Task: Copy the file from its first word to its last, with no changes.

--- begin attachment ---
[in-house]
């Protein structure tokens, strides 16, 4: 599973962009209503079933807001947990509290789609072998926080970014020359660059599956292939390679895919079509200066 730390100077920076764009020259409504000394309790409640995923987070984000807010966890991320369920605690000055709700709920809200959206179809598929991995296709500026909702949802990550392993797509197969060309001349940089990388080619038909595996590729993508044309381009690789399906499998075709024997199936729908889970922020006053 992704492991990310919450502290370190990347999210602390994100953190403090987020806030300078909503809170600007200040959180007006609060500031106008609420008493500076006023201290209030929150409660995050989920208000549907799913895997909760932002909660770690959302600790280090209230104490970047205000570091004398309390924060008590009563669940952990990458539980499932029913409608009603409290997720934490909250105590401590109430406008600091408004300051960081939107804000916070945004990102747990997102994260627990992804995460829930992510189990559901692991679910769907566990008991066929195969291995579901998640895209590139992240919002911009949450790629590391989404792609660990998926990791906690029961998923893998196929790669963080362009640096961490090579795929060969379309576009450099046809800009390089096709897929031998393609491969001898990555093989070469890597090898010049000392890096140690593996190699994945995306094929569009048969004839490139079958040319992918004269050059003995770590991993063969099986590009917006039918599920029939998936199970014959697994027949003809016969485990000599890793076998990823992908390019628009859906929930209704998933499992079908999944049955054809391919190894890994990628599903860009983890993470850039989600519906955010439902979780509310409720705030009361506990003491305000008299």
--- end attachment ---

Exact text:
[in-house]
């Protein structure tokens, strides 16, 4: 599973962009209503079933807001947990509290789609072998926080970014020359660059599956292939390679895919079509200066 730390100077920076764009020259409504000394309790409640995923987070984000807010966890991320369920605690000055709700709920809200959206179809598929991995296709500026909702949802990550392993797509197969060309001349940089990388080619038909595996590729993508044309381009690789399906499998075709024997199936729908889970922020006053 992704492991990310919450502290370190990347999210602390994100953190403090987020806030300078909503809170600007200040959180007006609060500031106008609420008493500076006023201290209030929150409660995050989920208000549907799913895997909760932002909660770690959302600790280090209230104490970047205000570091004398309390924060008590009563669940952990990458539980499932029913409608009603409290997720934490909250105590401590109430406008600091408004300051960081939107804000916070945004990102747990997102994260627990992804995460829930992510189990559901692991679910769907566990008991066929195969291995579901998640895209590139992240919002911009949450790629590391989404792609660990998926990791906690029961998923893998196929790669963080362009640096961490090579795929060969379309576009450099046809800009390089096709897929031998393609491969001898990555093989070469890597090898010049000392890096140690593996190699994945995306094929569009048969004839490139079958040319992918004269050059003995770590991993063969099986590009917006039918599920029939998936199970014959697994027949003809016969485990000599890793076998990823992908390019628009859906929930209704998933499992079908999944049955054809391919190894890994990628599903860009983890993470850039989600519906955010439902979780509310409720705030009361506990003491305000008299």